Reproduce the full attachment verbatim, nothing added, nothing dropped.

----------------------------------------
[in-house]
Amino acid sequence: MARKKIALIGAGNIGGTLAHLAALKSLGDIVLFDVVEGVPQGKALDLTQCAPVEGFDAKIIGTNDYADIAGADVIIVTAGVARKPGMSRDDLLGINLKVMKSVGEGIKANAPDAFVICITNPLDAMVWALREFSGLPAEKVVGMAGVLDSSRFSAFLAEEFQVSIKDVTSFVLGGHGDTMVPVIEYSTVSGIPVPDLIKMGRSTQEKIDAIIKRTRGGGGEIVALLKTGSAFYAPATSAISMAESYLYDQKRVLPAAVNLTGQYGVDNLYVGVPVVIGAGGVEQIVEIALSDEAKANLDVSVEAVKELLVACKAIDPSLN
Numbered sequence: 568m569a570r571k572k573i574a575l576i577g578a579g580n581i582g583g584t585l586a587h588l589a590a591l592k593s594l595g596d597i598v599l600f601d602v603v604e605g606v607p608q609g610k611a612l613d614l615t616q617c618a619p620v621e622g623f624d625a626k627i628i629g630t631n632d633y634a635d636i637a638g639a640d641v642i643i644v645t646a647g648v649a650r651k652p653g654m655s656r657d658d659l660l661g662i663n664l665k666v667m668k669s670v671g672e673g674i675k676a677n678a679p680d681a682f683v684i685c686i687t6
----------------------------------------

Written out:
[in-house]
Amino acid sequence: MARKKIALIGAGNIGGTLAHLAALKSLGDIVLFDVVEGVPQGKALDLTQCAPVEGFDAKIIGTNDYADIAGADVIIVTAGVARKPGMSRDDLLGINLKVMKSVGEGIKANAPDAFVICITNPLDAMVWALREFSGLPAEKVVGMAGVLDSSRFSAFLAEEFQVSIKDVTSFVLGGHGDTMVPVIEYSTVSGIPVPDLIKMGRSTQEKIDAIIKRTRGGGGEIVALLKTGSAFYAPATSAISMAESYLYDQKRVLPAAVNLTGQYGVDNLYVGVPVVIGAGGVEQIVEIALSDEAKANLDVSVEAVKELLVACKAIDPSLN
Numbered sequence: 568m569a570r571k572k573i574a575l576i577g578a579g580n581i582g583g584t585l586a587h588l589a590a591l592k593s594l595g596d597i598v599l600f601d602v603v604e605g606v607p608q609g610k611a612l613d614l615t616q617c618a619p620v621e622g623f624d625a626k627i628i629g630t631n632d633y634a635d636i637a638g639a640d641v642i643i644v645t646a647g648v649a650r651k652p653g654m655s656r657d658d659l660l661g662i663n664l665k666v667m668k669s670v671g672e673g674i675k676a677n678a679p680d681a682f683v684i685c686i687t6